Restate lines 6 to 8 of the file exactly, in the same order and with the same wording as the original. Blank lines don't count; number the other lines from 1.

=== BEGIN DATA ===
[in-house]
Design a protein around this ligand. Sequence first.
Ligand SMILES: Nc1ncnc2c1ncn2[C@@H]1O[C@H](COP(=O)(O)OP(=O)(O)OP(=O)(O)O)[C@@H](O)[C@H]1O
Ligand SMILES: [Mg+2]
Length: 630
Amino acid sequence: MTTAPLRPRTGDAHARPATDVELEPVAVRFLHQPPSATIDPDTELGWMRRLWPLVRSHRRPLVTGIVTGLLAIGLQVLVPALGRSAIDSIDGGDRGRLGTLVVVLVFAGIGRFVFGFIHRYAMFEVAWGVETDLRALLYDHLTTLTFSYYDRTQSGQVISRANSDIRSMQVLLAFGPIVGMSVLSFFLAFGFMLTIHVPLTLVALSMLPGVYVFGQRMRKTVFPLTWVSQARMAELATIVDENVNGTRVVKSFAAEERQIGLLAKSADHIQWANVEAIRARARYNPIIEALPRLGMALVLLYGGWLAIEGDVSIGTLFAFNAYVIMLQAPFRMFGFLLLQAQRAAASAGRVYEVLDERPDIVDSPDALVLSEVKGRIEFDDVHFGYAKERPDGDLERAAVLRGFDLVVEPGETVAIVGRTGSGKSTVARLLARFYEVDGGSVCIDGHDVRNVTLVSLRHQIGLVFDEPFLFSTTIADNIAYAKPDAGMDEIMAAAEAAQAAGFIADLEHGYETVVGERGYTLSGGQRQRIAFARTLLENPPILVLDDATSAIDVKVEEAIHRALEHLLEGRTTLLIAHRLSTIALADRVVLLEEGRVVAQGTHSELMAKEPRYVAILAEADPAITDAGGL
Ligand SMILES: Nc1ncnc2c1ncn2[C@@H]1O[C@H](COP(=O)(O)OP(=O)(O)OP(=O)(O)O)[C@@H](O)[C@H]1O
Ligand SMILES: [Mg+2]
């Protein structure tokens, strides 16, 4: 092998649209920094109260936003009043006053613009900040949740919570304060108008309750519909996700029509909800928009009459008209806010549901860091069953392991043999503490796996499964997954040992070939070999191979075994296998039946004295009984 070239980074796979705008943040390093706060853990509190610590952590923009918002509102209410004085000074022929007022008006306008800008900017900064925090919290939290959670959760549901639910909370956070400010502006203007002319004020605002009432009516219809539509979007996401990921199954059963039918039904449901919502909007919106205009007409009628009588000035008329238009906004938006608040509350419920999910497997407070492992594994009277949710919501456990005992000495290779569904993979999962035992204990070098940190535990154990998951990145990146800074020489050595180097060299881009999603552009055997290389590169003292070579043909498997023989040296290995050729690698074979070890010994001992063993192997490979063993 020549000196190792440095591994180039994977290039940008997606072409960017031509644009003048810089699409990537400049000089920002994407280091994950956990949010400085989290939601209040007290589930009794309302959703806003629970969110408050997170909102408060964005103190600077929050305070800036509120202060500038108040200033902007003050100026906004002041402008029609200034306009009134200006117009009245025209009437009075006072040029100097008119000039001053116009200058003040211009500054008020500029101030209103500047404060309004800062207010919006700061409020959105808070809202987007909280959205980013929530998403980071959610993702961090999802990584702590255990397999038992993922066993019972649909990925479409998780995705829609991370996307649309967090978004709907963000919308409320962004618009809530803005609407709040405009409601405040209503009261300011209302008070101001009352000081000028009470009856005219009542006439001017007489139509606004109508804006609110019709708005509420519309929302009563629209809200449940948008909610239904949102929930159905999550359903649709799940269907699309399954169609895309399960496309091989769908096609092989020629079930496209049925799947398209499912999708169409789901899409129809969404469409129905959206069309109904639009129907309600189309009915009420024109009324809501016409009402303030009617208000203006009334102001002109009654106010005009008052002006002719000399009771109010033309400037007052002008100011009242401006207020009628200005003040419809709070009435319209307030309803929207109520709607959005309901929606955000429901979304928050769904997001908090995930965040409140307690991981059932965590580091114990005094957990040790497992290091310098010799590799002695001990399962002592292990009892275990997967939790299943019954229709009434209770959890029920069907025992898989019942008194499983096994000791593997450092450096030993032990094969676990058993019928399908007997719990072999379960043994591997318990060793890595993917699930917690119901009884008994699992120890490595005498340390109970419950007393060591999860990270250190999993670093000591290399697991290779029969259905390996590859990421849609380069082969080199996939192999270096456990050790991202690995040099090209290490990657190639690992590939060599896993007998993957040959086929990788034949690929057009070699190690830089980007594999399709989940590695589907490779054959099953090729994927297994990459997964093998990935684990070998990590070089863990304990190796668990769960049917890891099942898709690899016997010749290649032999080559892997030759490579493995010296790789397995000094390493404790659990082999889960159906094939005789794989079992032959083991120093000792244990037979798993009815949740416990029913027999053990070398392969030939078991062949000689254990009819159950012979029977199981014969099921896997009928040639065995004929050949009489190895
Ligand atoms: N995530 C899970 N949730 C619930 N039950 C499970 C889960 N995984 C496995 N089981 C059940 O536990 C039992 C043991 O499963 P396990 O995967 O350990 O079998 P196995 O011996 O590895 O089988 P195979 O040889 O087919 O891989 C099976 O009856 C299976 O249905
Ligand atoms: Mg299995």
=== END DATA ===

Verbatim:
Amino acid sequence: MTTAPLRPRTGDAHARPATDVELEPVAVRFLHQPPSATIDPDTELGWMRRLWPLVRSHRRPLVTGIVTGLLAIGLQVLVPALGRSAIDSIDGGDRGRLGTLVVVLVFAGIGRFVFGFIHRYAMFEVAWGVETDLRALLYDHLTTLTFSYYDRTQSGQVISRANSDIRSMQVLLAFGPIVGMSVLSFFLAFGFMLTIHVPLTLVALSMLPGVYVFGQRMRKTVFPLTWVSQARMAELATIVDENVNGTRVVKSFAAEERQIGLLAKSADHIQWANVEAIRARARYNPIIEALPRLGMALVLLYGGWLAIEGDVSIGTLFAFNAYVIMLQAPFRMFGFLLLQAQRAAASAGRVYEVLDERPDIVDSPDALVLSEVKGRIEFDDVHFGYAKERPDGDLERAAVLRGFDLVVEPGETVAIVGRTGSGKSTVARLLARFYEVDGGSVCIDGHDVRNVTLVSLRHQIGLVFDEPFLFSTTIADNIAYAKPDAGMDEIMAAAEAAQAAGFIADLEHGYETVVGERGYTLSGGQRQRIAFARTLLENPPILVLDDATSAIDVKVEEAIHRALEHLLEGRTTLLIAHRLSTIALADRVVLLEEGRVVAQGTHSELMAKEPRYVAILAEADPAITDAGGL
Ligand SMILES: Nc1ncnc2c1ncn2[C@@H]1O[C@H](COP(=O)(O)OP(=O)(O)OP(=O)(O)O)[C@@H](O)[C@H]1O
Ligand SMILES: [Mg+2]